Angela Wright is a writer and political analyst. She holds a master’s in history from the University of Iowa.
For years, the governor of the Bank of Canada, Stephen Poloz, has been counselling Canadians against rising debt levels. While the central bank held economic forces at bay and kept its interest rates artificially low, citizens were busy amassing debt for home renovations, new vehicles and eating out. In 2016, Canadians owed more than $142 billion in lines of credit, up from just over $35 billion in 1999—an increase of more than 400 per cent. Credit card debt and vehicle loans doubled over the same period. The total debt load of all Canadian households sits at over $2 trillion, an amount roughly equal to the country’s entire economic output.
But Poloz’s warnings, largely unheeded, are no longer enough. Canadians’ debt load is enormous. And with the level of debt soaring to astronomical heights, Canadians—households and governments—can no longer ignore his warnings and will have to change their spending habits or risk feeling the burn.
Since mid-2017, the Bank of Canada has raised the overnight interest rate—the rate that other big banks use to determine their own prime interest rates—five times, growing from 0.5 per cent to 1.75 per cent. In November, Poloz mused about raising the rate back to normal levels, between 2.5 and 3.5 per cent. It wouldn’t be unthinkable for the bank to continue this rapid increase and raise rates to three per cent by the end of 2019. For people with variable-rate mortgages, lines of credit, student loans and other debt with non-fixed interest rates, the sharp rise in their minimum monthly payments represents looming pain.
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There are a lot of us in that boat. Approximately 70 per cent of Canadian households have debt, with the average indebtedness at 170 per cent of disposable income—meaning that for every dollar households earn after taxes, Canadians owe $1.70. The situation for some Canadians is even bleaker: approximately one in 10 Canadian households have debt levels of 350 per cent.
And why not? Starting in 2000, the availability of home equity lines of credit—a credit card-like account allowing Canadians to borrow up to 65 per cent of the value of their home—expanded over a period of 10 years. As the value of homes grew along with the amount households could borrow, the alluring low interest rates following the 2008 financial crisis created a situation that allowed household debt to balloon over a span of almost 20 years.
Our newfound instinct for fiscal conservatism is finding an outlet in the governments we elect. A recent Abacus Data poll shows 77 per cent of Canadians see the federal budget deficit as either a major or moderately big problem. Blaine Higgs’s PC party in New Brunswick is the latest victor in the trend, while the PC party was elected in Ontario and the centre-right CAQ was elected in Quebec, with all three focused on tackling deficits. Jason Kenney’s United Conservative Party in Alberta currently has a 15-point lead over the governing NDP for reasons that include these efforts.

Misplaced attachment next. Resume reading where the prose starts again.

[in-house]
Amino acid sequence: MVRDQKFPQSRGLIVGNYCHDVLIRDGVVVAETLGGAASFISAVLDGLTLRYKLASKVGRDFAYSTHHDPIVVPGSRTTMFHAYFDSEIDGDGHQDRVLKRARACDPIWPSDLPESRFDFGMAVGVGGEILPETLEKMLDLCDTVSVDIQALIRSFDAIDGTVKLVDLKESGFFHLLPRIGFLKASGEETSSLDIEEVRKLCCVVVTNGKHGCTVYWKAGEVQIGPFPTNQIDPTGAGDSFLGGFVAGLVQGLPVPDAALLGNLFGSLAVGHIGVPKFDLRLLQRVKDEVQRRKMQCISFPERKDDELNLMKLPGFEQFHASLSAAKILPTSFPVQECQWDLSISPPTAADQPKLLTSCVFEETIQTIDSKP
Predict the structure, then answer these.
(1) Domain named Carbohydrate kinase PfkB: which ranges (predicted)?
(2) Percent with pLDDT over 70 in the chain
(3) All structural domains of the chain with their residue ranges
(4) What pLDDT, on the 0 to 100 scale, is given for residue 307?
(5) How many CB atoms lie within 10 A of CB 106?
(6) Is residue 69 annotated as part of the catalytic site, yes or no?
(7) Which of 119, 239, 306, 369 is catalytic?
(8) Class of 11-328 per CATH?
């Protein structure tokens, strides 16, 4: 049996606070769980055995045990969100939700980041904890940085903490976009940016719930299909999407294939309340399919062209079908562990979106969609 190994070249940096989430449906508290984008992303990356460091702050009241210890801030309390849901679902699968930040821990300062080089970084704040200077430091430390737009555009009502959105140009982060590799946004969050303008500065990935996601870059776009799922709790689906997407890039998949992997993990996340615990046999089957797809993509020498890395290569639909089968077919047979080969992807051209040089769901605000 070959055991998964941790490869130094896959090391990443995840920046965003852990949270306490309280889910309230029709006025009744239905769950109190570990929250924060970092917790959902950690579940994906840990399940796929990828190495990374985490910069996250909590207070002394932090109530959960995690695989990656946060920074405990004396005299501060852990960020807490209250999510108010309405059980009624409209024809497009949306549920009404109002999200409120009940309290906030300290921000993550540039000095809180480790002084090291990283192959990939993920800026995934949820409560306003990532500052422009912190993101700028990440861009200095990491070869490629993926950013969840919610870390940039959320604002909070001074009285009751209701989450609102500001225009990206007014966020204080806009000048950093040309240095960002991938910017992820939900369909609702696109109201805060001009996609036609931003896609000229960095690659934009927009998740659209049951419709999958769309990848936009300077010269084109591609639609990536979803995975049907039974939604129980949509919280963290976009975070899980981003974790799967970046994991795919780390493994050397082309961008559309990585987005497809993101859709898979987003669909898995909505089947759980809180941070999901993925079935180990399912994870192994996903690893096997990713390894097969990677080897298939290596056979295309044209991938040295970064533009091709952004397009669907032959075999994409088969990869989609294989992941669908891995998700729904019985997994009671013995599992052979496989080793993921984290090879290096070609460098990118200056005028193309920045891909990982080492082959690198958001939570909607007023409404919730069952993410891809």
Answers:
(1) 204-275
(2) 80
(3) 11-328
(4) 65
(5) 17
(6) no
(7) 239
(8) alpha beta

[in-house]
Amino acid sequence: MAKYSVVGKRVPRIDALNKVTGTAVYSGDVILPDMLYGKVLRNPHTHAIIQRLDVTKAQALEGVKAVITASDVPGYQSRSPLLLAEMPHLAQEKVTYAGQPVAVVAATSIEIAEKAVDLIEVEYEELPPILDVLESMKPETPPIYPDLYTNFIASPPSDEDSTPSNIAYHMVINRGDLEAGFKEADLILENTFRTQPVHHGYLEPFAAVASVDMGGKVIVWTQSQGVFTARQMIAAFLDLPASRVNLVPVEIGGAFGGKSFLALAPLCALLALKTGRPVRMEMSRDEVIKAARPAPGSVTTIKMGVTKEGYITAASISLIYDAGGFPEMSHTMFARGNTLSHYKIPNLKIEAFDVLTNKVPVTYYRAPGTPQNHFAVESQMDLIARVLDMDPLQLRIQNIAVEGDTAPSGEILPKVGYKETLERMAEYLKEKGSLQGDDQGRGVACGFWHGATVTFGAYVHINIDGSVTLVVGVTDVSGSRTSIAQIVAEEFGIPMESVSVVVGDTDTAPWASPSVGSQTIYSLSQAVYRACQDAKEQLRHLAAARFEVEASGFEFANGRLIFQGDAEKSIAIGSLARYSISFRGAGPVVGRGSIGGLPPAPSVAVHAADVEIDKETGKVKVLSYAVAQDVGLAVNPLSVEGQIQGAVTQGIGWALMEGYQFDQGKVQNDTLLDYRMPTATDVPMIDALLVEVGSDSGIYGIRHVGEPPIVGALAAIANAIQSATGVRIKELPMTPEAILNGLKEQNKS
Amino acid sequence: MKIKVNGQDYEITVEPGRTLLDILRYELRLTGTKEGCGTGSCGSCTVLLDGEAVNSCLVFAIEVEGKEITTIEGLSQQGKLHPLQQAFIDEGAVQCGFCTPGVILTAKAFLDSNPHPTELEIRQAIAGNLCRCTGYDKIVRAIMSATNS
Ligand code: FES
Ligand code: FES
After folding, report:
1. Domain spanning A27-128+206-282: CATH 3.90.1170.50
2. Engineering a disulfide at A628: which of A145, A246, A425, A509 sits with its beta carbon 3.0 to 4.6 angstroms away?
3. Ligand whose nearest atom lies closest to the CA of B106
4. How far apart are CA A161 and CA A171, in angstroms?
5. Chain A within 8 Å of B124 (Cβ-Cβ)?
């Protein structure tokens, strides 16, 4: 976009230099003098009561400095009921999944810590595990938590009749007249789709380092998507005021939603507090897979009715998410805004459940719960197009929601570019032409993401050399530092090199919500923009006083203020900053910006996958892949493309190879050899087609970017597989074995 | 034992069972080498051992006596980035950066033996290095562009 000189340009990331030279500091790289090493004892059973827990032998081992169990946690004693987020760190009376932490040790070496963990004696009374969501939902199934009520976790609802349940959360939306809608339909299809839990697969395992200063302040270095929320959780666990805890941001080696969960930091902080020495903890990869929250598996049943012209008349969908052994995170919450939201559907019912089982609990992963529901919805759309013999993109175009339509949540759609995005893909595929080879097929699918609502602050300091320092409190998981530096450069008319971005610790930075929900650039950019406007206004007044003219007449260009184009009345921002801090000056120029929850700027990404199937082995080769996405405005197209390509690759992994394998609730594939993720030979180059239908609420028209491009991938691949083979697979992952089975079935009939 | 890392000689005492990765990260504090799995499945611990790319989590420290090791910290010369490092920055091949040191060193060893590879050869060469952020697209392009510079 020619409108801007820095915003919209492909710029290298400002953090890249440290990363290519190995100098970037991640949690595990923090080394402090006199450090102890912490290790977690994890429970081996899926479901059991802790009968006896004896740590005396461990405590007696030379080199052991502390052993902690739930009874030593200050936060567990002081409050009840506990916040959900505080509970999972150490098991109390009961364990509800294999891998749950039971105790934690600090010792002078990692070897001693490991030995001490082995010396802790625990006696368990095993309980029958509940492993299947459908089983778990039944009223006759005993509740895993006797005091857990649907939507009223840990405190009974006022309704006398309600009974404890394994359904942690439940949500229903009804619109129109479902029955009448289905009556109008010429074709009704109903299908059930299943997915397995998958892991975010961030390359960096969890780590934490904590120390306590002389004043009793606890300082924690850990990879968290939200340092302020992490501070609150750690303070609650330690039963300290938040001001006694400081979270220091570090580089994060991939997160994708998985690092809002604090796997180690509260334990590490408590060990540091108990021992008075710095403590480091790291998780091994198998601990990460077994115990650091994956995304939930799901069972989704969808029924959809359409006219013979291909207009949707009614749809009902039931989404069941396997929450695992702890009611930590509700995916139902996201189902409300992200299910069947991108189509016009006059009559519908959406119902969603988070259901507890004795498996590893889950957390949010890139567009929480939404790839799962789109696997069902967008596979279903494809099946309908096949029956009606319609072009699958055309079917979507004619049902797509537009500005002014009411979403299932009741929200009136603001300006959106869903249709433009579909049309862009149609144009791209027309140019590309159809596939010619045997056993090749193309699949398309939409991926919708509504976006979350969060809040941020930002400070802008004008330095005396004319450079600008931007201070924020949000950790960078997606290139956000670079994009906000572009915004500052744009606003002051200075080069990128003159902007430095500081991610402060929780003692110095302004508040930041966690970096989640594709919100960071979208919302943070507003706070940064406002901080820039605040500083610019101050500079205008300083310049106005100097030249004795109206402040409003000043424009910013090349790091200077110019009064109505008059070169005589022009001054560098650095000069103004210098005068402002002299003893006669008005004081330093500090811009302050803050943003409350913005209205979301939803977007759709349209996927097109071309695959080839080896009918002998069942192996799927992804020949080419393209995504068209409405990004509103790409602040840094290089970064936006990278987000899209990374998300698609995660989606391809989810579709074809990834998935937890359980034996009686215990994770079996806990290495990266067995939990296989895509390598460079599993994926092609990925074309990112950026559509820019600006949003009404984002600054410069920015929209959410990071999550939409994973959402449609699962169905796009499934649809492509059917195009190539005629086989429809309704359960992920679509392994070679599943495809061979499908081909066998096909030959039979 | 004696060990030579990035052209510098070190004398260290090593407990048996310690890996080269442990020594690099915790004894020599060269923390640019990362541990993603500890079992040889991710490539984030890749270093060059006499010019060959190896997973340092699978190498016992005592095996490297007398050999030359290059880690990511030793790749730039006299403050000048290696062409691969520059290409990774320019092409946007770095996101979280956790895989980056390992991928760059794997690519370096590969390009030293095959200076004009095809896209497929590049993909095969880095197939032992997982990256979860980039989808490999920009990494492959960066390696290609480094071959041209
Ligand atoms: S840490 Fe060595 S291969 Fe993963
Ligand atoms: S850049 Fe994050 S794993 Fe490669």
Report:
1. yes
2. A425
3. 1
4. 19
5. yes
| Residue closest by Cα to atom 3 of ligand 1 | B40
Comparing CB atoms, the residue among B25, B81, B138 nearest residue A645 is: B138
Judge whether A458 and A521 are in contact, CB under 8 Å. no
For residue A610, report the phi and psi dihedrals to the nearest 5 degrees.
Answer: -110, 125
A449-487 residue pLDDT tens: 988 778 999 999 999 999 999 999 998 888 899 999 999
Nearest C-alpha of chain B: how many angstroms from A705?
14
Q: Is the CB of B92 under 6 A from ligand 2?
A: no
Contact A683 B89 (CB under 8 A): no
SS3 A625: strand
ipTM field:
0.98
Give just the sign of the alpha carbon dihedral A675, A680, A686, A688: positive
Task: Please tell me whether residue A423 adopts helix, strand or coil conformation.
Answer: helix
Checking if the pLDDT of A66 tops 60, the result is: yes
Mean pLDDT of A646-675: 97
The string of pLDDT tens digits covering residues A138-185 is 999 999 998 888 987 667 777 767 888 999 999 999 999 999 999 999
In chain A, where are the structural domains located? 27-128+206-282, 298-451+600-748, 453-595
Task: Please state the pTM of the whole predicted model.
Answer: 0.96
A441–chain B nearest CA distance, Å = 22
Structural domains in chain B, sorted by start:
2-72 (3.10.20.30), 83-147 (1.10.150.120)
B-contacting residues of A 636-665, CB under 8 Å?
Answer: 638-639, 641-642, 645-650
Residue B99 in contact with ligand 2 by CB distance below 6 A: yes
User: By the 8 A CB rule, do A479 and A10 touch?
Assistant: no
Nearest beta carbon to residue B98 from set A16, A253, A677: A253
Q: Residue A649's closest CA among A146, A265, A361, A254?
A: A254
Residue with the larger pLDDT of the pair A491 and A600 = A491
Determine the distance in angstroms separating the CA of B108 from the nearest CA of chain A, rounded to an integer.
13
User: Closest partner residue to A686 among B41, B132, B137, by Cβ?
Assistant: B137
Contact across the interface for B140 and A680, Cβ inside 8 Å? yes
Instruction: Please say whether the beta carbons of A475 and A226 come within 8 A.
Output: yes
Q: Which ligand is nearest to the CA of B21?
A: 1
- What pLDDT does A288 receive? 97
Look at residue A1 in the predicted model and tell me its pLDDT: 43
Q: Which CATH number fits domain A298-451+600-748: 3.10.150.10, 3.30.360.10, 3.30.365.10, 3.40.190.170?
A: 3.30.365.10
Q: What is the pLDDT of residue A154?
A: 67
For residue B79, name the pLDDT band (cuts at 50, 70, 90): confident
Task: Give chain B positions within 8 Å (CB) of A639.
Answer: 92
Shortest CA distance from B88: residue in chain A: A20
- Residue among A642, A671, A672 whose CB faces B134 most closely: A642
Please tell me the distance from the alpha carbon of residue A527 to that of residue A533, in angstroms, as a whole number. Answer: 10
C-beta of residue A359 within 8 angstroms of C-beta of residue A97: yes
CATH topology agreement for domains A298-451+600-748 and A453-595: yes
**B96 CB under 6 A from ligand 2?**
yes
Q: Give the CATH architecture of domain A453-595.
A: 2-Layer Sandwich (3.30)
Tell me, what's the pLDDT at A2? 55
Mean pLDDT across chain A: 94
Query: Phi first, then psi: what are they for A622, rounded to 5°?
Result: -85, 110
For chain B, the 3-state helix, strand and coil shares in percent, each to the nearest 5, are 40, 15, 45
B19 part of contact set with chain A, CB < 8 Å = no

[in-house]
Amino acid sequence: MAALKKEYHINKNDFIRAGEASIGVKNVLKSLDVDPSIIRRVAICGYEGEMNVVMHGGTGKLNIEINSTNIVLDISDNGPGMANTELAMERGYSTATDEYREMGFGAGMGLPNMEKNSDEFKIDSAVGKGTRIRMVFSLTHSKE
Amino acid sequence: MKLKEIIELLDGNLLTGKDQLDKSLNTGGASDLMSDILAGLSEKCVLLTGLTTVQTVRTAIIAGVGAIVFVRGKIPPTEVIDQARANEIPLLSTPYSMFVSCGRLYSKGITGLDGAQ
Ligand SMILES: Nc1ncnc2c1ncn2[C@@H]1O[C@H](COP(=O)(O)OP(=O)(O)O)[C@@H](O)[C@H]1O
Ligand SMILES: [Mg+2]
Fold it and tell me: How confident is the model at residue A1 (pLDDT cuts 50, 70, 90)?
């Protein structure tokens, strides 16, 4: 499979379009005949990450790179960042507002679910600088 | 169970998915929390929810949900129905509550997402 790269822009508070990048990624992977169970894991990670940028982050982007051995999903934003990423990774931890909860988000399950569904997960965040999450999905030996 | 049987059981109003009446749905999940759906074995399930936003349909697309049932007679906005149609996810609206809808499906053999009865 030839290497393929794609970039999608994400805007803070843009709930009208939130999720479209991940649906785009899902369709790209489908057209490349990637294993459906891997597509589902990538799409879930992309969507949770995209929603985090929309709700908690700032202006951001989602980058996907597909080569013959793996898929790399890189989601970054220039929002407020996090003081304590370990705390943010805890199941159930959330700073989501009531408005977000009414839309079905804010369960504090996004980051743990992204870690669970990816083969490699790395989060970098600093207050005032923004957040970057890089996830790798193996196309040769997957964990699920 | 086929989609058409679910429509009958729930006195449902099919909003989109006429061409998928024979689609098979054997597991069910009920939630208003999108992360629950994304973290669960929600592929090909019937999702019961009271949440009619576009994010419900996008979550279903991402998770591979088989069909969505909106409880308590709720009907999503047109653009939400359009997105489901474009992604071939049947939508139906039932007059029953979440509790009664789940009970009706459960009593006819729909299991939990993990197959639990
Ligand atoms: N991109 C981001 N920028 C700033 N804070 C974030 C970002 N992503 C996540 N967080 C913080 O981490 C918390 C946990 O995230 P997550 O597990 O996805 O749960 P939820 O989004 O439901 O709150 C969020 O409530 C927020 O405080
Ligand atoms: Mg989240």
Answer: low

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Luckily, Canada’s fiscal outlook is relatively good. But some provinces—like Ontario, with its Canada-leading $350 billion in debt—look set to fare much worse, and people are taking notice. While all four major credit-rating agencies cited Ontario’s rising debt burden as a problem, two of them downgraded Ontario’s rating outlook to negative, which will make it harder for the province to run deficits, and the government will either have to cut services or raise taxes to bring its budget into balance.
Those agencies also flagged Ontario’s rising interest rates and high levels of consumer debt and, unlike governments, which have multiple mechanisms to raise money, Canadian households really have one option: selling off financial assets. Canadians own more than $550 billion in stocks, mutual and investment funds that could easily be sold to cover the increase in minimum payments that are inevitably coming. However, as of mid-November, the S&P/TSX Composite Index—the index that tracks the Canadian stock market—was down almost seven per cent from the beginning of the year. Selling off financial assets at a loss not only diminishes future gains when the market rises, it also impedes Canadians’ ability to save for retirement.
As Poloz himself said in May, Canadians are more vulnerable to changes in interest rates now than in previous years. As rates continue to rise, Canadians will have to prioritize paying down debt over frivolous spending. It’s time for Canadians to recognize that the good times of cheap credit are coming to a close. It’s already begun—Canadian spending on renovations is down seven per cent, its lowest level in five years of explosive growth—but in 2019, Canadians are going to have to change their personal spending habits to reflect the trend toward fiscal conservatism, or risk feeling the inevitable financial burn.
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